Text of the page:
Red: Stimulates and excites. Can be associated with passion and love.
Orange: Stimulates creativity and enthusiasm. Also associated with feelings of playfulness and warmth.
Yellow: Creates positive emotions, such as hope and happiness.
Green: Creates a sense of calm and relaxation, largely due to the association with nature.
Blue: Calms the mind and provides a sense of concentration. Can also be associated with trust and security.
Purple: Creates a sense of calm and soothing. Purple is also historically associated with spirituality, so can help you to feel spiritually connected (is that’s your cup of tea!)
Pink: A calming colour that stimulates a sense of safety and connection with femininity.
I find it so reassuring to know that something as simple as picking a colour to wear can help my mood. Even working with bright and playful colours on my sewing machine has a very real impact on my mindset. Although I couldn’t find the evidence out there during my search, it would make sense that there is also a sort of reverse relationship here – meaning that we might be ‘drawn’ to particular colours as a reflection of how we feel or (if you believe it) what we most need at a given time.
Part of the reason I’ve been reflecting so hard on this recently is that I’ve very much transitioned from a mint green obsession to a love of all things pink. I didn’t even notice it happening but just suddenly found myself picking out pink fabrics, wearing pink nail varnish and clothes – even selecting pink/red flowers at the supermarket. I’m not sure how real the connection is between colour and the way that I feel, but there’s definitely some kind of relationship between how I choose to surround myself with colour and the way that I’m relating to the world around me.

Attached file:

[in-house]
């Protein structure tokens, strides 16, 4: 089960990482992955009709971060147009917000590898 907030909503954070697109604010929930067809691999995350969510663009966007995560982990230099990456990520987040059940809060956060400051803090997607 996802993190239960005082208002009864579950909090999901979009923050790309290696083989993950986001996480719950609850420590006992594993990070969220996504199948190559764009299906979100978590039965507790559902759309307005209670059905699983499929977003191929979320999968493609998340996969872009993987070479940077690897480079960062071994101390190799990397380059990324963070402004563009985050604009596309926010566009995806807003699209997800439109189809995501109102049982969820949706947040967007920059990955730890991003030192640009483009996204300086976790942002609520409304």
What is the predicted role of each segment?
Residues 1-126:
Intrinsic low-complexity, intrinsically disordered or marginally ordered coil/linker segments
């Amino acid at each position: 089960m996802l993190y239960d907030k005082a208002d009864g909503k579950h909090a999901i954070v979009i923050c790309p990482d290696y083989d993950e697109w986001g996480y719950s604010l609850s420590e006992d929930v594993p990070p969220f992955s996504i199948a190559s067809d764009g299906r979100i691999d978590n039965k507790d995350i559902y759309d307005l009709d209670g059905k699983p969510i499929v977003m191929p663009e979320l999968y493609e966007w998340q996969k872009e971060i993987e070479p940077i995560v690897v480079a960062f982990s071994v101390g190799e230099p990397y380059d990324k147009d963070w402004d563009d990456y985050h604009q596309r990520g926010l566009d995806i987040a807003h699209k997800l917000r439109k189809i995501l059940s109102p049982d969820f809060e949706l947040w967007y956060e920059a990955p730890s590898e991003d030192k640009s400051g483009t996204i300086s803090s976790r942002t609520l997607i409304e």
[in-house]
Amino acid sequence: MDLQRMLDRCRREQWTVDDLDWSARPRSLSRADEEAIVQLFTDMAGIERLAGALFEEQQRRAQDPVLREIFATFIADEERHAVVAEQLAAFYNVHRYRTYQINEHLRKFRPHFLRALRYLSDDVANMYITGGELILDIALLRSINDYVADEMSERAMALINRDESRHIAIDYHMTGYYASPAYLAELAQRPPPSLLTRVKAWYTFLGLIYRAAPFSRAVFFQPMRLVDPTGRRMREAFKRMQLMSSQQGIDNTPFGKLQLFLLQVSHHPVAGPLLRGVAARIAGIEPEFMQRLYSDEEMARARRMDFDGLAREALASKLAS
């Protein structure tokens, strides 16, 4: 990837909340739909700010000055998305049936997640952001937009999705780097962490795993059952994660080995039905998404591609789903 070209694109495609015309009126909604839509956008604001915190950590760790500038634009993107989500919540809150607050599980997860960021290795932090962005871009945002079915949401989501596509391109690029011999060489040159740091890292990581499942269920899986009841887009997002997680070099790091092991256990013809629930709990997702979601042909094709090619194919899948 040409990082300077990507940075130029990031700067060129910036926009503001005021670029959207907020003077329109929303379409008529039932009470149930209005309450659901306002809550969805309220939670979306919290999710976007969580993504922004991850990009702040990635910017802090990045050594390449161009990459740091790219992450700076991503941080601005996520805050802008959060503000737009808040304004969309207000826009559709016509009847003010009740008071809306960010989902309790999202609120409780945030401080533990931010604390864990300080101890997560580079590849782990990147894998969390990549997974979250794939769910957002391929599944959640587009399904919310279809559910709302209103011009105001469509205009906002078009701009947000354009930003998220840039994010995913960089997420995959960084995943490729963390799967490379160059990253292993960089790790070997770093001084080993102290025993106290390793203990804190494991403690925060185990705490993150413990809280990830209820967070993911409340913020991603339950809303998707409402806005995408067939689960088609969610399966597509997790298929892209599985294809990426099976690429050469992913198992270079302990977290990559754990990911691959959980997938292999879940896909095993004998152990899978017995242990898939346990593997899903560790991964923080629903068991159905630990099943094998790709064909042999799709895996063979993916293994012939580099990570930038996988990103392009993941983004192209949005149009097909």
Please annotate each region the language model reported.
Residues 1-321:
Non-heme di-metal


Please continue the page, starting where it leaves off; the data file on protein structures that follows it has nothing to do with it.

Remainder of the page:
So what does this mean for self-care? Thinking more consciously about the way that we interact with colour may be a positive step toward checking in with ourselves. However, I think the indications that our colour choices give will vary dramatically from person to person. Just like I wouldn’t suggest wearing black will make us all depressed and sad (it actually makes me feel pretty good most of the time), it won’t be the case that choosing pink fabrics or clothes means the same thing for all of us. As with everything relating to self-care, it’s really about becoming more aware of yourself and your needs – looking at what colours you’re drawn to and how they make you feel. Ultimately, it could all be one big placebo effect – but, if it helps us to be our best and happiest selves, colour is an amazing tool to have at our disposal!
Do you find that colour has an impact on your mood? Are you ‘drawn’ to particular colours when you’re in a certain frame of mind? I’m interested to hear your thoughts and experiences in the comments!
(1) ‘How Color Affects Our Mood’, Rachel Grumman Bender, HuffPost (27 Nov 2011)
(2) Same as above
(3) ‘Color Has A Powerful Effect On Behavior, Researchers Assert’, Lindsey Gruson, The New York Times (1982)
Other articles/websites of interest: